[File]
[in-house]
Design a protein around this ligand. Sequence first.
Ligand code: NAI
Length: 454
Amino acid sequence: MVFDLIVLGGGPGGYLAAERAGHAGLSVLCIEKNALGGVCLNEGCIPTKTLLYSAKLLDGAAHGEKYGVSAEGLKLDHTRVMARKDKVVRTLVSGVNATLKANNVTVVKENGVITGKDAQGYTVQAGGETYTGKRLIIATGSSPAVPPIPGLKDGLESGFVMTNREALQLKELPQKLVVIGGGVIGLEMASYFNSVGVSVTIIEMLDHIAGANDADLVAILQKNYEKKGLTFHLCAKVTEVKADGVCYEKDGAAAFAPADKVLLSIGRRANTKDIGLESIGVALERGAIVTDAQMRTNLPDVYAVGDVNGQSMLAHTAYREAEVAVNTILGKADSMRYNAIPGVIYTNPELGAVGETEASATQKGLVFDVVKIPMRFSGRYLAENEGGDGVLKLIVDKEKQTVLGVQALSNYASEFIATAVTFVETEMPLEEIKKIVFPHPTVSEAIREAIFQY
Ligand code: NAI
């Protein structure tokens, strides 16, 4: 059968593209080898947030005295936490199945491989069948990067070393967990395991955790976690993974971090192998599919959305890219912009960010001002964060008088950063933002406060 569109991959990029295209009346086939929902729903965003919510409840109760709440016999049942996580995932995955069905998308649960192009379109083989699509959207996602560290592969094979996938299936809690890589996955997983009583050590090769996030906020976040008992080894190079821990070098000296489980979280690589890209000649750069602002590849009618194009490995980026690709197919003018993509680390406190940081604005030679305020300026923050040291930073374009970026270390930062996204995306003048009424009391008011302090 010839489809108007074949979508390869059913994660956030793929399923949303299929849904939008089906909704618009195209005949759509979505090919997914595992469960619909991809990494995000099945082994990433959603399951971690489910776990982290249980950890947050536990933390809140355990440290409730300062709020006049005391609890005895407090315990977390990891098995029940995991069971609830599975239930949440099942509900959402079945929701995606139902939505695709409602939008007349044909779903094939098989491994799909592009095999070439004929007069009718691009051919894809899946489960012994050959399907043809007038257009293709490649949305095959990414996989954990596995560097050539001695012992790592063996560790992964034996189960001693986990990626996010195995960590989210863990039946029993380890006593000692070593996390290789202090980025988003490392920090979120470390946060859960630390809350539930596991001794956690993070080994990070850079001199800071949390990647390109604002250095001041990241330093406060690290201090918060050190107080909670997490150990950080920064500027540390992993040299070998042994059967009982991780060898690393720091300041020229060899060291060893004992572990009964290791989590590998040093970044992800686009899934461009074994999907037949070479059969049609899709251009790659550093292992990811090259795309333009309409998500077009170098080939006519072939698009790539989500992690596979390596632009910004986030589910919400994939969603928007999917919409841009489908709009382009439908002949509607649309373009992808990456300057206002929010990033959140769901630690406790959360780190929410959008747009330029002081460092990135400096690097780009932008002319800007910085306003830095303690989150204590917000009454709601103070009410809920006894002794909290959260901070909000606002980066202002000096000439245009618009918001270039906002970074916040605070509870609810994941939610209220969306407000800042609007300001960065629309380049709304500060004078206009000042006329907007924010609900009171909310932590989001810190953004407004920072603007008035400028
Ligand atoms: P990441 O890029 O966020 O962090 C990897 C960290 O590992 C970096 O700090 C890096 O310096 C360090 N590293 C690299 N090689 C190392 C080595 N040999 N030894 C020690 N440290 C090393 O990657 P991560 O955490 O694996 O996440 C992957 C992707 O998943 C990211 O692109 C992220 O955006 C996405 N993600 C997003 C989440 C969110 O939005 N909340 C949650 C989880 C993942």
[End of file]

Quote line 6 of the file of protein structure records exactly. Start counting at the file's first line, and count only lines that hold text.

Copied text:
Ligand code: NAI